Disc Review

Listening to David Gray's latest disk is like tuning your radio to a timeless mix of "adult contemporary" artists in their prime.

david gray disk 88 (photo credit:)
david gray disk 88
(photo credit: )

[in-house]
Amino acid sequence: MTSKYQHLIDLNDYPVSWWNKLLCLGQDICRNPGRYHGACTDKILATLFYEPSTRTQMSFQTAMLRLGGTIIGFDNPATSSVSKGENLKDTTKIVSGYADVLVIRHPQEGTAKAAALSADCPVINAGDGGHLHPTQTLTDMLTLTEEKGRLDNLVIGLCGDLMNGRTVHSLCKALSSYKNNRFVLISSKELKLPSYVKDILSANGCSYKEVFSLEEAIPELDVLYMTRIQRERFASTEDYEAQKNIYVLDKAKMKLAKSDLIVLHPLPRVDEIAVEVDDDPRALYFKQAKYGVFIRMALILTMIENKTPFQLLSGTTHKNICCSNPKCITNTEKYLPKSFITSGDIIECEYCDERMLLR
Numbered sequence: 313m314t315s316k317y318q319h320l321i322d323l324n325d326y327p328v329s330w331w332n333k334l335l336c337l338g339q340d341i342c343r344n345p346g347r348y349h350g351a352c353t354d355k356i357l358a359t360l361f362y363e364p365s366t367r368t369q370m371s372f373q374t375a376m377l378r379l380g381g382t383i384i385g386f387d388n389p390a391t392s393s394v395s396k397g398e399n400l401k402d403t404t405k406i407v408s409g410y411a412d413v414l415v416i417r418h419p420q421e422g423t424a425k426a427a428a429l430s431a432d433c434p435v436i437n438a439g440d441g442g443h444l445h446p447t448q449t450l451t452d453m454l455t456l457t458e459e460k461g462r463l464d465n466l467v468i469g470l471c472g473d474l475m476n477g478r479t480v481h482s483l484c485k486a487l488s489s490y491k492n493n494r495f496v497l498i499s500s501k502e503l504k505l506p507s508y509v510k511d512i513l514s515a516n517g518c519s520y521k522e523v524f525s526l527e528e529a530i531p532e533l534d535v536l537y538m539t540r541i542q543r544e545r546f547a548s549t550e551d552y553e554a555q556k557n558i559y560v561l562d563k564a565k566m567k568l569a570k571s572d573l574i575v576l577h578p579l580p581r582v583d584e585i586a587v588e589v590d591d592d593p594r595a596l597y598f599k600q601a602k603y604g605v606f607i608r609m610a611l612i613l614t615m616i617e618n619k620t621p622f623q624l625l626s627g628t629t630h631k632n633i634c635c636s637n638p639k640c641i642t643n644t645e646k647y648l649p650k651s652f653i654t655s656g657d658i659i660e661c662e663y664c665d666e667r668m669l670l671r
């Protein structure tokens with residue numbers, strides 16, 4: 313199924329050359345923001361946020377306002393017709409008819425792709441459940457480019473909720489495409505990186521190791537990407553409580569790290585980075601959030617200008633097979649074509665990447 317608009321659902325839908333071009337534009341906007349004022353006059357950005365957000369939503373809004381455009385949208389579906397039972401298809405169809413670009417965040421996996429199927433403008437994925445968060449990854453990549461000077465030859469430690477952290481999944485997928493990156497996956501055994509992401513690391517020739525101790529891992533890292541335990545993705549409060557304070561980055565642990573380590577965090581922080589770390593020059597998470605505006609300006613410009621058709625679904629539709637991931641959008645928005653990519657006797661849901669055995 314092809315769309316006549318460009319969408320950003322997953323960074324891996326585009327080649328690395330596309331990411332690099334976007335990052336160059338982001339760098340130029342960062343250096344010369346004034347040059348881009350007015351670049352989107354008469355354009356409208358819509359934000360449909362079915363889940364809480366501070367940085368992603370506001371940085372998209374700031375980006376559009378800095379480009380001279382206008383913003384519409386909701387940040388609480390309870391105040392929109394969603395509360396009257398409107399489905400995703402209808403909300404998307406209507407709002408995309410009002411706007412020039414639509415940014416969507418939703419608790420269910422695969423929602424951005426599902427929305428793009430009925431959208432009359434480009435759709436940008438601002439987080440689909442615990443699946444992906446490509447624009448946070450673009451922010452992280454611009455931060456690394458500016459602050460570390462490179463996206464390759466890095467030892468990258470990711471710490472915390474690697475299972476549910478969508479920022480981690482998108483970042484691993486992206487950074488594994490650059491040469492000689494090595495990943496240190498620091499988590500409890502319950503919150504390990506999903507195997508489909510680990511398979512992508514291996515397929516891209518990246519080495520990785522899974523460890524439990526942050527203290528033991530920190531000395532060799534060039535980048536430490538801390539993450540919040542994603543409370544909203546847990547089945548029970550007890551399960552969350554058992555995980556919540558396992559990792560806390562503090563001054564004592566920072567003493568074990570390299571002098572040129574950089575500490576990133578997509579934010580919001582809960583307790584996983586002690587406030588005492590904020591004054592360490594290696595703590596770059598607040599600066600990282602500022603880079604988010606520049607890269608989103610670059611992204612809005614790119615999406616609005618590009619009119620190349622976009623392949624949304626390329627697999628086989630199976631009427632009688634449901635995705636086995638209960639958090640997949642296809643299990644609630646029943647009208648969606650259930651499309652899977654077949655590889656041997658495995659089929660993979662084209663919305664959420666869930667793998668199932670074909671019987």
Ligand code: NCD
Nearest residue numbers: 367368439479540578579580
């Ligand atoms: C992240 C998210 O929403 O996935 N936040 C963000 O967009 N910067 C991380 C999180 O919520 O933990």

DAVID GRAY Life in Slow Motion (Hed Artzi) Listening to David Gray's Life in Slow Motion is like tuning your radio to a timeless mix of "adult contemporary" artists in their prime. The stately opener "Alibi" is Elton John in Tumbleweed Connection mode, "Lately" is Van Morrison from the Moondance era, and "Nos Da Cariad" could pass for a Coldplay outtake from X&Y. That's pretty lofty company - and even though Gray is nothing but derivative, he manages to tweak each style enough so it doesn't sound like a tribute album. It does mean, however, that Gray has not developed a strong identity of his own and fulfilled the potential that was indicated with his 1999 breakout disc White Ladder. The spunkier, modern elements of his earlier work are mostly absent now, with the sing-along acoustic rocker "The One I Love" serving as one of the only upbeat songs on the album. In its place is stately, classy material that's not in a hurry to get to a particular destination. Like some of Morrison's most lasting work, the songs on Life in Slow Motion contain charms that reveal themselves more upon repeated listenings. Gray's earthy, passionate delivery spars with his penchant for understatement, with a sort of subtle urgency emerging in the mix. If you're not looking for a quick musical fix, then Life in Slow Motion is worth investing some time on.
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